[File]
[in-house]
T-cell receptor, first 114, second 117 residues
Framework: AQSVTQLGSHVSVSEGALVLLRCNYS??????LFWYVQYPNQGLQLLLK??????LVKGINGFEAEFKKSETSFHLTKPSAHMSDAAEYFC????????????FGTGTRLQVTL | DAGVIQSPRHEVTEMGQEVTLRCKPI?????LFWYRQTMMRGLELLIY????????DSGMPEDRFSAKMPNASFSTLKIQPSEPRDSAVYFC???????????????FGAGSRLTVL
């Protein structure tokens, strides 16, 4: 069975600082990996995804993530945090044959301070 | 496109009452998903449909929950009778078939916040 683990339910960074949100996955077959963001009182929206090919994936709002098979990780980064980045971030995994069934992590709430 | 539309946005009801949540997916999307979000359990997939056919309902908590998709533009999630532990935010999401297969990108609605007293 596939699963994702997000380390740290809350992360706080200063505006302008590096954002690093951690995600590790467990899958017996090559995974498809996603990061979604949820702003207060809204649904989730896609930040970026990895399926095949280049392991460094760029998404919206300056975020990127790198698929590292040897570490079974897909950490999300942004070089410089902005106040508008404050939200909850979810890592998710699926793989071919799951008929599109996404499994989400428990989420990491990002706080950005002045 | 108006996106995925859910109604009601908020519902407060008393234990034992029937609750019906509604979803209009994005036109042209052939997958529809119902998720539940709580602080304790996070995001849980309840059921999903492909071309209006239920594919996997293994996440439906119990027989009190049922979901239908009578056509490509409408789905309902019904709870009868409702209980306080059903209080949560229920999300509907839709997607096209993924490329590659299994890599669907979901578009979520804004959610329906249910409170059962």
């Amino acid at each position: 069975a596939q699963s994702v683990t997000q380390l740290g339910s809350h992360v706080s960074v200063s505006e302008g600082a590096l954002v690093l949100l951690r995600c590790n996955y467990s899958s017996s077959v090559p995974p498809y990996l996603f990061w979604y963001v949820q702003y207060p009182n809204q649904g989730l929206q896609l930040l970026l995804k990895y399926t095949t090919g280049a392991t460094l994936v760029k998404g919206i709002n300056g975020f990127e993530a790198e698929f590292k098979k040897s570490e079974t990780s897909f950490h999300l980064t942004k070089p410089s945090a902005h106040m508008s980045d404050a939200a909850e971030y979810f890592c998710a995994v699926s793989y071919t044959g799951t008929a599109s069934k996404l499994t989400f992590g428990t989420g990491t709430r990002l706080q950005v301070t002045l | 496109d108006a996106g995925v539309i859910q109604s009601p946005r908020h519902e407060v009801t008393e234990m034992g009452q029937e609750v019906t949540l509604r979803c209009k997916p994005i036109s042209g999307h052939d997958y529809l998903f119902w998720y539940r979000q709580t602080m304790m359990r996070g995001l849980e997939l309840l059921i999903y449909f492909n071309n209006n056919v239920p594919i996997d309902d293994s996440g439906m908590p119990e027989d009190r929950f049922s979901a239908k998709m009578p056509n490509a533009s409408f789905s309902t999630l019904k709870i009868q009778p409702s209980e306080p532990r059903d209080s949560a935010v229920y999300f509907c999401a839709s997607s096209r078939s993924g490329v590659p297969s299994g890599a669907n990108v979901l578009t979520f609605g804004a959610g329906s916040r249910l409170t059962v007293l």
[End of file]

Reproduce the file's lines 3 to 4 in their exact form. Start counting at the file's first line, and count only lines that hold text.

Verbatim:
Framework: AQSVTQLGSHVSVSEGALVLLRCNYS??????LFWYVQYPNQGLQLLLK??????LVKGINGFEAEFKKSETSFHLTKPSAHMSDAAEYFC????????????FGTGTRLQVTL | DAGVIQSPRHEVTEMGQEVTLRCKPI?????LFWYRQTMMRGLELLIY????????DSGMPEDRFSAKMPNASFSTLKIQPSEPRDSAVYFC???????????????FGAGSRLTVL
């Protein structure tokens, strides 16, 4: 069975600082990996995804993530945090044959301070 | 496109009452998903449909929950009778078939916040 683990339910960074949100996955077959963001009182929206090919994936709002098979990780980064980045971030995994069934992590709430 | 539309946005009801949540997916999307979000359990997939056919309902908590998709533009999630532990935010999401297969990108609605007293 596939699963994702997000380390740290809350992360706080200063505006302008590096954002690093951690995600590790467990899958017996090559995974498809996603990061979604949820702003207060809204649904989730896609930040970026990895399926095949280049392991460094760029998404919206300056975020990127790198698929590292040897570490079974897909950490999300942004070089410089902005106040508008404050939200909850979810890592998710699926793989071919799951008929599109996404499994989400428990989420990491990002706080950005002045 | 108006996106995925859910109604009601908020519902407060008393234990034992029937609750019906509604979803209009994005036109042209052939997958529809119902998720539940709580602080304790996070995001849980309840059921999903492909071309209006239920594919996997293994996440439906119990027989009190049922979901239908009578056509490509409408789905309902019904709870009868409702209980306080059903209080949560229920999300509907839709997607096209993924490329590659299994890599669907979901578009979520804004959610329906249910409170059962």